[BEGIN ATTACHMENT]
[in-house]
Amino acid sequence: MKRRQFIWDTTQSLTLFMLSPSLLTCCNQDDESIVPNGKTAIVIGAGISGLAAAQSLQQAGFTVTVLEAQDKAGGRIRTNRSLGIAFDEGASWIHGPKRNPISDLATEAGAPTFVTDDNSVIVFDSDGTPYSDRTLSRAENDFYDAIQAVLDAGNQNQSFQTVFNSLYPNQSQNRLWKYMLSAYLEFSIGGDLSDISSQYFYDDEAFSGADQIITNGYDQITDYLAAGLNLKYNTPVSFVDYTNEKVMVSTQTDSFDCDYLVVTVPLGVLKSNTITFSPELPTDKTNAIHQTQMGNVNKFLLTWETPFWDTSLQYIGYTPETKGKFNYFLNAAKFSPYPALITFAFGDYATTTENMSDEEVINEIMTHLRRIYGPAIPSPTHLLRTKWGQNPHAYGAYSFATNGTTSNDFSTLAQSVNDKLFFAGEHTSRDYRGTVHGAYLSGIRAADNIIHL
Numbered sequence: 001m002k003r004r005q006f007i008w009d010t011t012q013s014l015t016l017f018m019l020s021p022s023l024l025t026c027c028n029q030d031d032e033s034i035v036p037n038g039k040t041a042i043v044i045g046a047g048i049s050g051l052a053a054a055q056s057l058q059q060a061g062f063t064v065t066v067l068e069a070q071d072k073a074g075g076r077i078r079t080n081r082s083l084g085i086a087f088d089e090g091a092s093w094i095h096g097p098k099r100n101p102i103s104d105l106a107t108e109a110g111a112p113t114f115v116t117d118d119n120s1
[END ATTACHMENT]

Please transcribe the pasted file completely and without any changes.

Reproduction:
[in-house]
Amino acid sequence: MKRRQFIWDTTQSLTLFMLSPSLLTCCNQDDESIVPNGKTAIVIGAGISGLAAAQSLQQAGFTVTVLEAQDKAGGRIRTNRSLGIAFDEGASWIHGPKRNPISDLATEAGAPTFVTDDNSVIVFDSDGTPYSDRTLSRAENDFYDAIQAVLDAGNQNQSFQTVFNSLYPNQSQNRLWKYMLSAYLEFSIGGDLSDISSQYFYDDEAFSGADQIITNGYDQITDYLAAGLNLKYNTPVSFVDYTNEKVMVSTQTDSFDCDYLVVTVPLGVLKSNTITFSPELPTDKTNAIHQTQMGNVNKFLLTWETPFWDTSLQYIGYTPETKGKFNYFLNAAKFSPYPALITFAFGDYATTTENMSDEEVINEIMTHLRRIYGPAIPSPTHLLRTKWGQNPHAYGAYSFATNGTTSNDFSTLAQSVNDKLFFAGEHTSRDYRGTVHGAYLSGIRAADNIIHL
Numbered sequence: 001m002k003r004r005q006f007i008w009d010t011t012q013s014l015t016l017f018m019l020s021p022s023l024l025t026c027c028n029q030d031d032e033s034i035v036p037n038g039k040t041a042i043v044i045g046a047g048i049s050g051l052a053a054a055q056s057l058q059q060a061g062f063t064v065t066v067l068e069a070q071d072k073a074g075g076r077i078r079t080n081r082s083l084g085i086a087f088d089e090g091a092s093w094i095h096g097p098k099r100n101p102i103s104d105l106a107t108e109a110g111a112p113t114f115v116t117d118d119n120s1